Let’s review what the history books say of Edward and Simpson.  Or if not that, let’s at least watch “The King’s Speech” on Netflix again.  Recall that Wallis Simpson was an attractive, manipulative and highly ambitious American socialite with a troubled past. She was intelligent, alluring and devastatingly captivating.  Or at least she was to King Edward, who would go on to abdicate the throne for her.  Edward would, even during a time of growing world crisis, abdicate his responsibility to the people of Great Britain by ceding his primary loyalties to Simpson. And Simpson would, despite world opinion, accept those transferred loyalties to propel her royal ambitions.  

But hey, at least they loved each other, right? To hell with a nation. Or “the people.”

Here in Oregon, we have not yet reached the modern-day equivalent of an abdication crisis.  The governor, in dismissing the question or resignation out of hand, made that emphatically clear.  Yet, while he may have no plans to depart to his equivalent of the royals’ villa in Spain, and while he maintains that he must stay to do the work of “the people,” the people may finally be having other ideas.

And therein lies the conundrum.  After all, history shows that Edward’s abdication turned out to be a good thing.  It resulted in a new monarch in King George VI, and an eventual partnership with Churchill that helped defeat Nazi tyranny.  Hard to envision something quite so grand here in Oregon.  

If Kitzhaber leaves office early, he will be replaced by someone equally inclined toward bad policy.  Someone equally inclined to sign bad bills into law.  Someone equally supportive of the types of policy and law that has left Oregon with a moribund economy, over-priced housing,  under-funded universities, and the worst high school graduation rate in the country.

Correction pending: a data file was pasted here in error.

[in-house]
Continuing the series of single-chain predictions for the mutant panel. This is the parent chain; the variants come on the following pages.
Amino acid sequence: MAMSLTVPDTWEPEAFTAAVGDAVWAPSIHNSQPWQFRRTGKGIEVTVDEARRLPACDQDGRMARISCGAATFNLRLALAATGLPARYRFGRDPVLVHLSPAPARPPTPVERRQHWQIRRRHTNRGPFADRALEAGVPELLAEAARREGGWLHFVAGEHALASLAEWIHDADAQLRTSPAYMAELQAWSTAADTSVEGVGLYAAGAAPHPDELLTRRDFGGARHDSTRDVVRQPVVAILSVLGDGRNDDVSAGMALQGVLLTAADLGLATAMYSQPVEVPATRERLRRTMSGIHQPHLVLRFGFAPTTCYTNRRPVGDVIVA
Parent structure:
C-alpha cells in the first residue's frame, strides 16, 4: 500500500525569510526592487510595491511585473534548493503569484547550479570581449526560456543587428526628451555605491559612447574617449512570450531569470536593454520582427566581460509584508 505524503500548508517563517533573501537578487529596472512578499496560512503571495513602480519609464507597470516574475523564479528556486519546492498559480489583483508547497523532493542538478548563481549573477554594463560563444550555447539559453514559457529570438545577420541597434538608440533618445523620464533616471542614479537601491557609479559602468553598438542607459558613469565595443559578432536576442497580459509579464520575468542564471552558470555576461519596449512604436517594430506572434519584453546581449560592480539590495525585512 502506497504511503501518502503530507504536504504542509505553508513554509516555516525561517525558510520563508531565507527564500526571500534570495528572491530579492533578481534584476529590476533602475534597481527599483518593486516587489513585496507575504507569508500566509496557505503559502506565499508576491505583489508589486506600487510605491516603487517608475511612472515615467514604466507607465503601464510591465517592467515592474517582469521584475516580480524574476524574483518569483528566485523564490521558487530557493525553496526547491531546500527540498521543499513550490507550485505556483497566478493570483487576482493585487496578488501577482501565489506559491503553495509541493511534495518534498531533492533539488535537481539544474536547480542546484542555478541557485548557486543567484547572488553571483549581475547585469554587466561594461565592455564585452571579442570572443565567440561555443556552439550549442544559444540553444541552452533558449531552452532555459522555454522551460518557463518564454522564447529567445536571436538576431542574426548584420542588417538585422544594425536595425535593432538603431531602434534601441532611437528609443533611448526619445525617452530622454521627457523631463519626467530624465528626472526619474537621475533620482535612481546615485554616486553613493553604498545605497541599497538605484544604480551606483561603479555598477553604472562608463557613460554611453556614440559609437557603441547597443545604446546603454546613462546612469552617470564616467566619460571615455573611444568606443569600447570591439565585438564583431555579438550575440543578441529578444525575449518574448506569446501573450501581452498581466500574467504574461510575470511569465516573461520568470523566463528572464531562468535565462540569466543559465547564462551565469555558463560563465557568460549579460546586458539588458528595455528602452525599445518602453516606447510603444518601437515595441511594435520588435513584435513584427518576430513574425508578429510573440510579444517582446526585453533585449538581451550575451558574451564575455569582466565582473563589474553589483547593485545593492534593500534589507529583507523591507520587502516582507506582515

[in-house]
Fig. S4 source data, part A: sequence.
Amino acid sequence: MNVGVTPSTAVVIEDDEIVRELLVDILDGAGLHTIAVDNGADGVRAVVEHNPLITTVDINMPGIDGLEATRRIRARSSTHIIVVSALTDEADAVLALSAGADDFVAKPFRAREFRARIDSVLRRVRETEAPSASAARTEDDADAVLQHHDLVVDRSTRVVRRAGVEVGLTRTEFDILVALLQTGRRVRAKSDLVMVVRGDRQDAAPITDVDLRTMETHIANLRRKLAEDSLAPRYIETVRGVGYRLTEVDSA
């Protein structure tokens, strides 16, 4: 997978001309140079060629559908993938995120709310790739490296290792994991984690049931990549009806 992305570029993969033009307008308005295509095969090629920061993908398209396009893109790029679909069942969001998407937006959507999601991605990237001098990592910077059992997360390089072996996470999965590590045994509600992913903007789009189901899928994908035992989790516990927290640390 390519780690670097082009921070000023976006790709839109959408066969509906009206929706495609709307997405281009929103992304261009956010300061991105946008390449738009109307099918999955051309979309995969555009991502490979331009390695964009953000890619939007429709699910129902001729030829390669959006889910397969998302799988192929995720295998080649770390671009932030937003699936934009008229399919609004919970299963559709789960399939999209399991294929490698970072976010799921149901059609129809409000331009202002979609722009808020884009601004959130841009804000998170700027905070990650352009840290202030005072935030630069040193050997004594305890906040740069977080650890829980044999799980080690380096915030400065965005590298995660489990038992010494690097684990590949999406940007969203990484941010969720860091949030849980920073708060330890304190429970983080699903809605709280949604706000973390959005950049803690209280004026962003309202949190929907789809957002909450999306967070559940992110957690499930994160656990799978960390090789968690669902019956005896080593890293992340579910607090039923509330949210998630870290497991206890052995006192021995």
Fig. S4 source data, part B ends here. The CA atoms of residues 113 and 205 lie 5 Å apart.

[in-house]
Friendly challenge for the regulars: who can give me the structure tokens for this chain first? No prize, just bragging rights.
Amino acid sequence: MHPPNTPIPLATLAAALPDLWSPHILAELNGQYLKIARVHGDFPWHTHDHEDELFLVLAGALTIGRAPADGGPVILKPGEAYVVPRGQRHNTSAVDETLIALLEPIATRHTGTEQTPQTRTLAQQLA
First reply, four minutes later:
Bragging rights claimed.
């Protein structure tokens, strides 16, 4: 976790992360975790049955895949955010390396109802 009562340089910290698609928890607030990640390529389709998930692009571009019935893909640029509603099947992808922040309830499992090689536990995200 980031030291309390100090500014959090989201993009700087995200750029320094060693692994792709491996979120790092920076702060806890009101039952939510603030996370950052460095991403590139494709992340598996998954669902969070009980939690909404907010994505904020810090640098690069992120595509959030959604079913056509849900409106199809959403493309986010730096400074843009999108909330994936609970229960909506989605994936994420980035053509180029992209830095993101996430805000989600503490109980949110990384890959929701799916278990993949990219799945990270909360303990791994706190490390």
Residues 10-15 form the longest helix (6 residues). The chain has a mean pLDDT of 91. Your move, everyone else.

We are now to the point where the statesman-like thing for John Kitzhaber to do is resign.  Barring resignation, and given that Oregon is the only state in the nation without an impeachment process, the good-government thing for Oregonians to do would be to recall our forth-term governor.  But in any event, those of us who love Oregon and are angered by the current situation should be careful what we wish for.  In the case of Dr. Kitzhaber, the cure may be worse than the disease.

Scott Bruun is a fifth-generation Oregonian and recovering politician. He lives with his family in the 'burbs, yet dutifully commutes every day to Portland, where he earns his living on the fifth floor of Big Pink.


Related Slideshow: What Governor Kitzhaber Said at His Jan. Cylvia Hayes Press Conference

Governor John Kitzhaber held a press conference on Jan. 30, 2015, where he fielded questions surrounding his fiancé and Oregon’s “First Lady” Cylvia Hayes. 

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Kitzhaber told media Friday, Jan. 30 he would not consider resigning.